4 Part D: Determining the Accuracy of a 10 ml volumetric pipette D1. Obtain a 50 ml beaker. Measure and record its mass. D2. Use a pipette bulb to fill the volumetric pipette to its calibration mark with di water from a different beaker. Empty this volume of water into the pre-weighed 50 ml beaker. D3. Measure the mass of the beaker and water and record this as the final mass of the beaker. D4. Repeat steps D2 and D3 two more times. D5. Measure the temperature of your water, and use this measurement and the attached density table to determine the density of the water. D6. Use the mass of water delivered and the known density of water to calculate the actual (accepted) volume of water delivered. Calculations A1. Determine the volume of water delivered by the buret in each trial by subtracting the buret readings. This is your measured value. A2. Determine the calculated volume of water using the mass of water delivered and the density value from the table on page 2. This is your accepted value. A3. Compare these values and calculate the percent error for each trial. B1. Assume the volume of water delivered (measured) from the graduated cylinder for each trial is 22.0 ml. Compare these values to the calculated (accepted) volumes obtained by using the density of water and the delivered mass of water. Then calculate the percent error for each trial. C1. Assume the volume of water (measured) in the beaker for each trial is 20. ml. Compare this value to the calculated (accepted) volumes obtained by using the density of water and the delivered mass of water. Then calculate the percent error for each trial. D1. Assume the volume of water delivered (measured) from the volumetric pipette for each trial is ml. Compare this value to the calculated (accepted) volumes obtained by using the density of water and the delivered mass of water. Then calculate the percent error for each trial. Enter data and calculated values into data tables. Be sure to label all values with units! Attach sheet of calculations to data table sheet. Revision F15 Page 4 of 9

5 Data Sheet Name: Lab Partner: Part A: Determining the Accuracy of a Buret Trial 1 Trial 2 Trial 3 Final water level in buret Initial water level in buret Volume of water delivered (measured) Final mass of beaker Initial mass of beaker Mass of water delivered Temperature of water Density of water from table Calculated volume of water (accepted) % Error Part B: Determining the Accuracy of a Graduated Cylinder Measured volume of water (measured) Final mass of beaker Trial 1 Trial 2 Trial 3 Initial mass of beaker Mass of water Temperature of water Density of water from table Calculated volume of water (accepted) % Error Revision F15 Page 5 of 9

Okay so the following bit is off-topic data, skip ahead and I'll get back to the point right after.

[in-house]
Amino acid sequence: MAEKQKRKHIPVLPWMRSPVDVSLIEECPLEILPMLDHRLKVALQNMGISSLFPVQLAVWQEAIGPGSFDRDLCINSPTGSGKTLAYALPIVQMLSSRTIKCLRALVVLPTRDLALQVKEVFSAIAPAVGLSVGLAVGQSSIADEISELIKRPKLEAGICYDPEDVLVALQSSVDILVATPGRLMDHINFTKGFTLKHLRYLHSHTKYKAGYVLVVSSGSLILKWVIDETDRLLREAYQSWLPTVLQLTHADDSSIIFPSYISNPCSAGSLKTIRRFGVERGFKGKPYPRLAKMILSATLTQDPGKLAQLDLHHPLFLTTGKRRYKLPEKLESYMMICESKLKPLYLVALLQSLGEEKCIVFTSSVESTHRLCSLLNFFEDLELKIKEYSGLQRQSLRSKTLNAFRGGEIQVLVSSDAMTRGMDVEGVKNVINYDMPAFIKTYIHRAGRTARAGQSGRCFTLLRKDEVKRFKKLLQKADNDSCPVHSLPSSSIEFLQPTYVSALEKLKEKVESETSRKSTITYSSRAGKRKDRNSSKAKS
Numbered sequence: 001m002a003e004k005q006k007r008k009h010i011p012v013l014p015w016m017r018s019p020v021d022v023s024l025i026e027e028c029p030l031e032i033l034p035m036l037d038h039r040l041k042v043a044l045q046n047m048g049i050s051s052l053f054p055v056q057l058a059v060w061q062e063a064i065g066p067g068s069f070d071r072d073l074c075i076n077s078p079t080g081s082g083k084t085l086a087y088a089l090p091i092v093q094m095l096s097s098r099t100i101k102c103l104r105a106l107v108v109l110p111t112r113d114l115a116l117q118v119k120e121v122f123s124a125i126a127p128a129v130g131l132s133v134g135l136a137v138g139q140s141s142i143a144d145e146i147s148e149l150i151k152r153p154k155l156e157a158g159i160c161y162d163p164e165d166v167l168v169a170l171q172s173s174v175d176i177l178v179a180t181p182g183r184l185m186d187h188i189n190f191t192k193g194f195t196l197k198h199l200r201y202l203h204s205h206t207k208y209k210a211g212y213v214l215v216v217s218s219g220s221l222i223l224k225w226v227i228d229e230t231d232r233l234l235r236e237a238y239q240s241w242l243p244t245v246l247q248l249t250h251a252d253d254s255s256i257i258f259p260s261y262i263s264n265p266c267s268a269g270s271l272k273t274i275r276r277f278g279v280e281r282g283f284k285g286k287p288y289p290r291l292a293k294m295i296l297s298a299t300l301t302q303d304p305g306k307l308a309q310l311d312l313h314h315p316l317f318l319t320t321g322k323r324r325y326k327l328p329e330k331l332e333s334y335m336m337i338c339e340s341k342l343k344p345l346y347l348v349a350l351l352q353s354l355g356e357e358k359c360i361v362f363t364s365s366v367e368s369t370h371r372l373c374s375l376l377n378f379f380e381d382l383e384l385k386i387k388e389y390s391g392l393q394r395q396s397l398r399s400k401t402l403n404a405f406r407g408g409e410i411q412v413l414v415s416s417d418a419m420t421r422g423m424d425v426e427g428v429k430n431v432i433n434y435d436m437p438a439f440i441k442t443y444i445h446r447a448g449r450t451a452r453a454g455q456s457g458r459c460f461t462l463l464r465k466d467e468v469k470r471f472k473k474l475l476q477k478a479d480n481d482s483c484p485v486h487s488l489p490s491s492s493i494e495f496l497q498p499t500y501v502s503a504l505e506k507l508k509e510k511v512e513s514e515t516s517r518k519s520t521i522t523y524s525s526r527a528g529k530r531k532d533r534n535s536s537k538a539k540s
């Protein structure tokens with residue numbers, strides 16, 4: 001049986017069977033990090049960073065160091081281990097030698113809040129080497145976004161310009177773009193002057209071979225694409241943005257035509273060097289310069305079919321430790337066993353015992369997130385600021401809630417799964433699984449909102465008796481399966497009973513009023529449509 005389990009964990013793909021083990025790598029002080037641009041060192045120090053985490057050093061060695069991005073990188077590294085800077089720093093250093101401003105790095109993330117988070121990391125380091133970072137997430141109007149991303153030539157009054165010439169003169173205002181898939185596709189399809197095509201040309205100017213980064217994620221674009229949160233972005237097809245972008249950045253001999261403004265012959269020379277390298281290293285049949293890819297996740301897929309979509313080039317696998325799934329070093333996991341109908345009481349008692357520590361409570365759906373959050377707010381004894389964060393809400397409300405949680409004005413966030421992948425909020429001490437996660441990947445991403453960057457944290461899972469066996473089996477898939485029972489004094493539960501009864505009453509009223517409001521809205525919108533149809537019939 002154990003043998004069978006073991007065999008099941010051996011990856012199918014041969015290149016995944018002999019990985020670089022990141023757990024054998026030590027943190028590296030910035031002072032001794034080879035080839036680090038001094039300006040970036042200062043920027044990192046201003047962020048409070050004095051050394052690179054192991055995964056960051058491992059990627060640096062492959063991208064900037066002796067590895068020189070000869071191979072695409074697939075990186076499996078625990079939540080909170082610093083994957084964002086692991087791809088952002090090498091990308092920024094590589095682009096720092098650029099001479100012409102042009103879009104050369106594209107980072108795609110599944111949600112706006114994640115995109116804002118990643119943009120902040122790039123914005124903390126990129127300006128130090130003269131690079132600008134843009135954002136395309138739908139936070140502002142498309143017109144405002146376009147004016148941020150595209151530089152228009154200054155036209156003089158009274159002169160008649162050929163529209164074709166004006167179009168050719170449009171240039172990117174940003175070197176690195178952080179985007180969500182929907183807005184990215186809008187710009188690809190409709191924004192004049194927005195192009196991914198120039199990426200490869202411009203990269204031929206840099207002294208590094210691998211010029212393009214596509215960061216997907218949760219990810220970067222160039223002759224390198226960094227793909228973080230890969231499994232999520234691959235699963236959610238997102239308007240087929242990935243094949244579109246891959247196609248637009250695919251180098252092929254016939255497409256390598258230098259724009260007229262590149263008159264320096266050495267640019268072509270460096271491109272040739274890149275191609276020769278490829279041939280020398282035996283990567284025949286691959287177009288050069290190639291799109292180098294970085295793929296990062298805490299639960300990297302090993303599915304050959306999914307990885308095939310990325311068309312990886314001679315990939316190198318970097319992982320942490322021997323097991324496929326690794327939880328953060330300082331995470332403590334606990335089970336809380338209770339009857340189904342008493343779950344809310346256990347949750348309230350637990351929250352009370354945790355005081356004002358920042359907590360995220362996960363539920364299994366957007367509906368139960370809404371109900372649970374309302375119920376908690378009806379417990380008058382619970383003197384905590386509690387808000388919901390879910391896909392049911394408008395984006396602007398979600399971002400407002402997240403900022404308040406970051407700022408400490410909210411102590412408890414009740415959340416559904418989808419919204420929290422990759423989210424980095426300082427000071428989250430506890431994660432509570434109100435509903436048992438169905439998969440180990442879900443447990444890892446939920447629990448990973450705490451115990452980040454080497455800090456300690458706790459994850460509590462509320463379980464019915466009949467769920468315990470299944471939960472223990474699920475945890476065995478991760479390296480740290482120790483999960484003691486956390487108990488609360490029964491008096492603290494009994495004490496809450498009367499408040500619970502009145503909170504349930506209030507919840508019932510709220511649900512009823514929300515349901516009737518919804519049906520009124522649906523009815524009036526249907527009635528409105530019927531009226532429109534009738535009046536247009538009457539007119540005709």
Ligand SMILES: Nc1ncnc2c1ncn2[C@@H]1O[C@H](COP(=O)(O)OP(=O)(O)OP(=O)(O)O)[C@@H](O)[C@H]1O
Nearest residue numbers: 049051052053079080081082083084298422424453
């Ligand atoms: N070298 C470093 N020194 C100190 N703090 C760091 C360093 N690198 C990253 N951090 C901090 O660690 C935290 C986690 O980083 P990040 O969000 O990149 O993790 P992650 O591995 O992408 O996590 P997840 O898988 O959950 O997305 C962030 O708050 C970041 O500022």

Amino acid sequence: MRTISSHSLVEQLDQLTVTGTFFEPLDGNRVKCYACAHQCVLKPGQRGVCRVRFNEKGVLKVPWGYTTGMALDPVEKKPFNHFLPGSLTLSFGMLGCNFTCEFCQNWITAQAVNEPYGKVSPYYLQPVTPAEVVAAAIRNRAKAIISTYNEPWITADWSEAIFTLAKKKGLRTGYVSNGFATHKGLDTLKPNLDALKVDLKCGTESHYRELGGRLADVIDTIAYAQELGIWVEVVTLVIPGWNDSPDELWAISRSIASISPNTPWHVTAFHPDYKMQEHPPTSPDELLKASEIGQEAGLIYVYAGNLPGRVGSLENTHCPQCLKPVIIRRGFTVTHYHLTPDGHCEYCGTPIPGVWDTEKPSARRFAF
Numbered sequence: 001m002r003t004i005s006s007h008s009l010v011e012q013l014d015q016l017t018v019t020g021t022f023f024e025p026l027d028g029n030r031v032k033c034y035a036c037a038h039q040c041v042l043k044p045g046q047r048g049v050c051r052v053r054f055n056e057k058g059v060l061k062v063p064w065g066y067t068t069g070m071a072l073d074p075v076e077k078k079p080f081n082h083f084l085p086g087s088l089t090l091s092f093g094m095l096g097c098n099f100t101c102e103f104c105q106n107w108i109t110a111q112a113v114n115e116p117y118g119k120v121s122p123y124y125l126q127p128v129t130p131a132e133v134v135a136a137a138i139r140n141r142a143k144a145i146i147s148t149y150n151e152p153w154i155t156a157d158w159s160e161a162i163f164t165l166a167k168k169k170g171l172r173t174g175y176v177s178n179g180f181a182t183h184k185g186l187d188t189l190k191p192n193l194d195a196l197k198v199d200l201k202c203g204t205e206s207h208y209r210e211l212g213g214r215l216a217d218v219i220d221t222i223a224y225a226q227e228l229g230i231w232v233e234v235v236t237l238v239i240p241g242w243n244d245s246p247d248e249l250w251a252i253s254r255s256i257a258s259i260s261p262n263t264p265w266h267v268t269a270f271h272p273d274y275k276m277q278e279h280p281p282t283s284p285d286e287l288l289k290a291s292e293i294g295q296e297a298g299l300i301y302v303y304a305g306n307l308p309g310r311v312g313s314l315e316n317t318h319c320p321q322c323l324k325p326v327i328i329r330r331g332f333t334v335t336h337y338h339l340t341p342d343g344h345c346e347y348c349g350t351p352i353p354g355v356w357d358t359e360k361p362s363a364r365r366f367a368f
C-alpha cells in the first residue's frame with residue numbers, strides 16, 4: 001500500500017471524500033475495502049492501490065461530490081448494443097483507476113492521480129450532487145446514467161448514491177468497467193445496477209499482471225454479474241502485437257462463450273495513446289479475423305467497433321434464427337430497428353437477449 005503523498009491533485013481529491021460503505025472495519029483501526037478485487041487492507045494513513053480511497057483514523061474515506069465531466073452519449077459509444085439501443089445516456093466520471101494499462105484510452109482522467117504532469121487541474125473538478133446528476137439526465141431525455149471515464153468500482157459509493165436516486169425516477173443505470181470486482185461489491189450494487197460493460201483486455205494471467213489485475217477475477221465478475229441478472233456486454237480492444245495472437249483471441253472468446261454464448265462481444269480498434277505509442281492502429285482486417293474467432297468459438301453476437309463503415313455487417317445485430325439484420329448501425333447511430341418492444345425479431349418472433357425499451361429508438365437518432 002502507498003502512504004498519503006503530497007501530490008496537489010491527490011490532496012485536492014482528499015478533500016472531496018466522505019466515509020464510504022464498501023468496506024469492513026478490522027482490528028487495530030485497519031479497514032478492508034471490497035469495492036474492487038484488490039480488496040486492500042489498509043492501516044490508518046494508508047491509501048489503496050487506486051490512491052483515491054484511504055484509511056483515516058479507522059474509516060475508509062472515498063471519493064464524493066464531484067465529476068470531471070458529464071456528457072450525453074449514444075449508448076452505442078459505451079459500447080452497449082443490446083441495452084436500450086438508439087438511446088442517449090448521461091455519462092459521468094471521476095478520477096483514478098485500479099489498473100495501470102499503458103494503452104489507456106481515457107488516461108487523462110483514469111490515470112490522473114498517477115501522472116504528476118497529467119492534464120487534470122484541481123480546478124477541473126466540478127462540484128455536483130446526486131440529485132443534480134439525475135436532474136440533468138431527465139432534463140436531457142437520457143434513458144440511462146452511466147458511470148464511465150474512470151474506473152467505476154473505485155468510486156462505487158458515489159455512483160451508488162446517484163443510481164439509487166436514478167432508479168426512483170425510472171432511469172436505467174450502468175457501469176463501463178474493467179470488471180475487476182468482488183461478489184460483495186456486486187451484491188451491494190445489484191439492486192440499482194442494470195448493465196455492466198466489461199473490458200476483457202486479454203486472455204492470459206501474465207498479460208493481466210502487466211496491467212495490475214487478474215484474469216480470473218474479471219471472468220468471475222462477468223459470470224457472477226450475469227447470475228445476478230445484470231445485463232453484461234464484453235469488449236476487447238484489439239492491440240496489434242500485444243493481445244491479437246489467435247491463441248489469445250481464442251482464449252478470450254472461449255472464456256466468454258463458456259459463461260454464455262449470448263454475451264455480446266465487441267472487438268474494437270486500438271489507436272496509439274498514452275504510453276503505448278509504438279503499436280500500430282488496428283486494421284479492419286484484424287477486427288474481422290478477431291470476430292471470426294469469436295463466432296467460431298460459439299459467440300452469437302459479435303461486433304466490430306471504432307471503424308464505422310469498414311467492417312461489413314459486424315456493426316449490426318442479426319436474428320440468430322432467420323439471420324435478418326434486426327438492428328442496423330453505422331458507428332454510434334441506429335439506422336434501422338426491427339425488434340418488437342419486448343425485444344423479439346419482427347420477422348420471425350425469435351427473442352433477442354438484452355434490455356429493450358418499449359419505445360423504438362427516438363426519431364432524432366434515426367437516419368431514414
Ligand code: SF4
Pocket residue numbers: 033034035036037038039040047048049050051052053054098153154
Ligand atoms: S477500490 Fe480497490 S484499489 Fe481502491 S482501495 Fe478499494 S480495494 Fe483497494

6 Part C: Determining the Accuracy of a 50 ml Beaker Measured volume of water (measured) Final mass of beaker Trial 1 Trial 2 Trial 3 Initial mass of beaker Mass of water Temperature of water Density of water from table Calculated volume of water (accepted) % Error Part D: Determining the Accuracy of a Volumetric Pipette Measured volume of water (measured) Final mass of beaker Trial 1 Trial 2 Trial 3 Initial mass of beaker Mass of water Temperature of water Density of water from table Calculated volume of water (accepted) % Error Revision F15 Page 6 of 9

7 Calculations: Revision F15 Page 7 of 9

8 Post-lab Assignment Name: Lab Partner: 1. Based on your results, which piece of glassware is more accurate in delivering liquids the buret or the graduated cylinder? Explain your choice. 2. Based on the smallest scale division, which measuring device in question one should provide the more precise measurement of volume? Explain your choice. 3. Is either piece of glassware completely accurate and precise in delivering a given volume of liquid? What additional factors must be acknowledged? 4. Consider the definition of precision. Do you feel any of the glassware used in lab today were precise? What criteria are you using to make your decision? Revision F15 Page 8 of 9

9 Pre-lab Assignment Name: 1. Define the following terms in your own words: a) Accuracy b) Precision 2. A student calibrated a 10-mL graduated cylinder using water. The empty graduated cylinder weighed grams. When it was filled with ml of deionized water, it weighed grams. The temperature of the water was 23.5 o C. a) Use the density of water obtained from the table on page 2 and the mass of water to determine the accepted volume of water in the graduated cylinder. b) Calculate the % error of the graduated cylinder. Revision F15 Page 9 of 9